As editorial director at AIGA, I keep tabs on all the design news (so you don’t have to) and bring you only the best bits. Behold: my hit list of the most interesting things I’ve seen, read, and watched this week. Follow along all day every day on Instagram @AIGAdesign and Twitter @AIGAdesign.
…grip my head with both hands lest it explode over news of the book design exhibition curated and featuring work by #girlcrush Irma Boom, creator of 300 incredible books, including what’s been rightly called “the most beautiful book in the world.” Irma Boom! Beautiful books! Amsterdam! Oh damn, that’s far.
…die over how freaking cute this picture of husband and wife Steve Heller and Louise Fili is, taken behind the scenes of Print’s new Hollywood: New York issue.
…place my bets on the predictions by design and tech sensei John Maeda in his new Design in Tech Report, like why design will actually come to mean less the more specialized the industry becomes and why VCs will become designers new BFFs.
…definitely think the sign on the right is more legible, no? If you disagree, you’re not alone. The clarity of Clearview, the typeface in question, is up for debate right now between its designer and the Highway Administration (and I can’t help but root for the designer).
…let my inner historical-collection geek flag fly upon discovering Pantone’s predecessor, the Forbes Pigment Collection, an insanely meticulous and unbelievably impressive repository of the physical sources for more than 2,500 colors. Housed at the Harvard Library, the project was originally launched in the early 20th century as a way to authenticate pigments in classical paintings, and now holds some of the rarest—and most toxic—materials used in everything from fine art to Legos. Yeah, don’t go chewing on pre-1970s Lego bricks, there’s actual cadmium in those.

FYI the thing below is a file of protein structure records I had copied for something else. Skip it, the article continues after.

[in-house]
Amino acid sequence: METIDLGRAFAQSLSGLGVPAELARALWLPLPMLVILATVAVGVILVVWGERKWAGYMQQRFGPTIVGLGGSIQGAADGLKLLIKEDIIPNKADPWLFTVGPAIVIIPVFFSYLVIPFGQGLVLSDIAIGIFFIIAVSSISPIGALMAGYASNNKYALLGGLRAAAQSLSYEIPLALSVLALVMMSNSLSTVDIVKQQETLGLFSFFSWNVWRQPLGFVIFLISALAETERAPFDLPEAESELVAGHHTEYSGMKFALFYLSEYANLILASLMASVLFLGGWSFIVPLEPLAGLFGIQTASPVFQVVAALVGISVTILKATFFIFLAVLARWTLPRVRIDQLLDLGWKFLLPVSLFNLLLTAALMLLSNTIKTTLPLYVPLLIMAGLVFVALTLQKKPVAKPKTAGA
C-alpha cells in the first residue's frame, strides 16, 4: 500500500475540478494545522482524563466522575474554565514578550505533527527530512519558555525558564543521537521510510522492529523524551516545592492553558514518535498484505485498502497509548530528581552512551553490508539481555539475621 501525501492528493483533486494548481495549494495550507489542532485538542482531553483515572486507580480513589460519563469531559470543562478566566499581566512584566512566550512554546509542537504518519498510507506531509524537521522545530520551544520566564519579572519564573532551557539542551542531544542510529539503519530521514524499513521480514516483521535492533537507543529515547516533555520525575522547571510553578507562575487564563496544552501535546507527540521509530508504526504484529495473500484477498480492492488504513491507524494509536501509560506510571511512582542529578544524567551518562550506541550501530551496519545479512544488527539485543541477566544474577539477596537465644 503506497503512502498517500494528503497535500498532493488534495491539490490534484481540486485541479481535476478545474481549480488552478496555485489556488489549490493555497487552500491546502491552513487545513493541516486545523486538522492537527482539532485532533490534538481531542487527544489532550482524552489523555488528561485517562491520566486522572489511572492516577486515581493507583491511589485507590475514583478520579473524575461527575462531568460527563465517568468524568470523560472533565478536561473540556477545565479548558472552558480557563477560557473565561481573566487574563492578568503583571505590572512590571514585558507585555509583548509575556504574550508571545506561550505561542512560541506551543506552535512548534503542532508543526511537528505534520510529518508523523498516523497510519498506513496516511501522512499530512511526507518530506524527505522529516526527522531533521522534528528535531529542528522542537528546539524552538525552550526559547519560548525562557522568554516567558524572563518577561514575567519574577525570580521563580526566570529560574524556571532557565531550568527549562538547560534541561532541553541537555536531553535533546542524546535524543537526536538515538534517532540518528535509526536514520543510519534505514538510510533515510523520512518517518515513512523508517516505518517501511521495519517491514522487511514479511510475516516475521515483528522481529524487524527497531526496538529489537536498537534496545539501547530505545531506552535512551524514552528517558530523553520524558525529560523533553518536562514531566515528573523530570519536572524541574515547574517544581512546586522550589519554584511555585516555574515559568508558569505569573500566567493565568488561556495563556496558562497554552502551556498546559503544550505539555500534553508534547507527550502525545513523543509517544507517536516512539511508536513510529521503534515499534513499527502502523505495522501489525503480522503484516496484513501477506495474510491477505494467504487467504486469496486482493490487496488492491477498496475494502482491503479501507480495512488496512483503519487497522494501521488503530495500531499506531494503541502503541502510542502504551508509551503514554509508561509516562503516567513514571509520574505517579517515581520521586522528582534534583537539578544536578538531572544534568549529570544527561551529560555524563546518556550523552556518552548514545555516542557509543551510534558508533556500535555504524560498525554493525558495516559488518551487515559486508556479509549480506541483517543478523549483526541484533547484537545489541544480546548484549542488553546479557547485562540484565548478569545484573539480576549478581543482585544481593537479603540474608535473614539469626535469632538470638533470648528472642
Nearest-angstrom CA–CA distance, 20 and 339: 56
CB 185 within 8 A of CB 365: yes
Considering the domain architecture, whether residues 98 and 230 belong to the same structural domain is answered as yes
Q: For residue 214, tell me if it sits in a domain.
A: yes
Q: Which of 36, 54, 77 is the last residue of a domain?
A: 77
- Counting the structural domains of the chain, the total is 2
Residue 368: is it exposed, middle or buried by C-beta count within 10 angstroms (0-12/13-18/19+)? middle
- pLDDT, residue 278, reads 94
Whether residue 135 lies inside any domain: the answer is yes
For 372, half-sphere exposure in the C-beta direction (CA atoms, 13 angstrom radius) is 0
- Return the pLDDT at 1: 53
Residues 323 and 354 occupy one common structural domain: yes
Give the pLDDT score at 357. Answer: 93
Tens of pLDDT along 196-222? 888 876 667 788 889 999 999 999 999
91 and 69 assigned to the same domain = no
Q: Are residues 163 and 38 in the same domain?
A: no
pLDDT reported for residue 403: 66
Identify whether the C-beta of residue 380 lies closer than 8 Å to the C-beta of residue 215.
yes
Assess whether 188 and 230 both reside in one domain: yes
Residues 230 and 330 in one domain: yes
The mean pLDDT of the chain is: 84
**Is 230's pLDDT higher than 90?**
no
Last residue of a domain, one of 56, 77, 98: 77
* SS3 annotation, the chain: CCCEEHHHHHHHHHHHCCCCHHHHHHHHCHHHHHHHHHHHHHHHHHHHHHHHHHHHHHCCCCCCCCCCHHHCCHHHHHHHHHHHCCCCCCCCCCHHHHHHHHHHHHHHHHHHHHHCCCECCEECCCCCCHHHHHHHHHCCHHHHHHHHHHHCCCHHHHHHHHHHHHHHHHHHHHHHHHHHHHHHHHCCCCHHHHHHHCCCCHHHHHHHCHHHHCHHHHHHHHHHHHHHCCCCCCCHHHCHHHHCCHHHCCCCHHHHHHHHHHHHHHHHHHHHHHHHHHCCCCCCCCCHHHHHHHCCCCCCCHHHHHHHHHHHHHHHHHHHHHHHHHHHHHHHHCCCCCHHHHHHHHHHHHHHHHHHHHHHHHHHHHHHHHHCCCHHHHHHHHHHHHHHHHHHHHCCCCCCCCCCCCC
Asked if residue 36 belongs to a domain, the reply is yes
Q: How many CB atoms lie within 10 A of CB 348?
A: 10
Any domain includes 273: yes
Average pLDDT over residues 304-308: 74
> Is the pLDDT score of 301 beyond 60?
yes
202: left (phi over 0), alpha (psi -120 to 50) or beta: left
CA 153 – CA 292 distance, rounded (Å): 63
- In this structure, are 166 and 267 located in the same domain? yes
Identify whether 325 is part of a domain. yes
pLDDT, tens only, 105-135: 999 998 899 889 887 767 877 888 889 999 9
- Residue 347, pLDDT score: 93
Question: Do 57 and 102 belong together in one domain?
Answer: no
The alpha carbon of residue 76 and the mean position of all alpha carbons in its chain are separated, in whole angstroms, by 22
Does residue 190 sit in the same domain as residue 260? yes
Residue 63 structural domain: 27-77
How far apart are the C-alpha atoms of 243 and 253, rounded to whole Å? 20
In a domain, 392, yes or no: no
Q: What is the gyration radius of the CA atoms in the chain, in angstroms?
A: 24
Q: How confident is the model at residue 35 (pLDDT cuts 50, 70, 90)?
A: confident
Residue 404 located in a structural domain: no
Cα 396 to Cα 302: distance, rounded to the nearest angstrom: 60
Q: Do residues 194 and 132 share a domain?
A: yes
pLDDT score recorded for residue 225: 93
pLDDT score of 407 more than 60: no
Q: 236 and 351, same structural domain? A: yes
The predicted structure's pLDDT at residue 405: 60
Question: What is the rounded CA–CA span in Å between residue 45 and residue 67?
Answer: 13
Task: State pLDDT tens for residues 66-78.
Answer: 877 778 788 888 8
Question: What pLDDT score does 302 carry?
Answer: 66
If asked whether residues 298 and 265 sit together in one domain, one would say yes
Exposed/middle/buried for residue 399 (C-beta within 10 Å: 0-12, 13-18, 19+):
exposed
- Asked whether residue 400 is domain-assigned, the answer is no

…have a nerd-redemption moment with Graphic Stamps, an ode to beautifully designed stamps, the latest release from Unit Editions. The book honors “the often-neglected aesthetic and technical brilliance of postage stamps from around the world,” and reminds me how amazing my 6th-grade collection could have been had I not abandoned it for less nerdy pursuits.
…offer major hand claps to Mother’s design director Alex Proba, who did the 100 Days project one better with her daily poster designs, which just reached its 1,000th day milestone. You can follow her ongoing practice to fight creative blocks on Instagram @alexproba and keep an eye out for future designer collabs (like this one, with Eye on Design fave Karan Singh).
…agree 1,000,000% that Trump’s latest Instagram anti-Hillary Clinton ad is, like everything else about him, beyond offensive, but appreciate the public outrage so much more because it’s as much over his campaign manager’s lazy font choice as it is about his egregious sound editing of a dog barking over Clinton’s speech (among many other terrible editing choices).
…urge designers from Rhode Island and beyond to help support AIGA RI’s anti-spec work effort, their response to a job posted by the local Office of Digital Excellence, which is seeking a designer who will work for free. Yes, there are offering a real job (hours, required skills, all that stuff) and zero compensation in return. From the chapter:
“We recognize that there is value in real pro-bono work. But… to ask a designer to work without compensation is an insult to our profession. Design work is work, and good design requires both education and experience.”
You don’t need to be a local to tell the ODE that you won’t work for free. Contact them at email@example.com.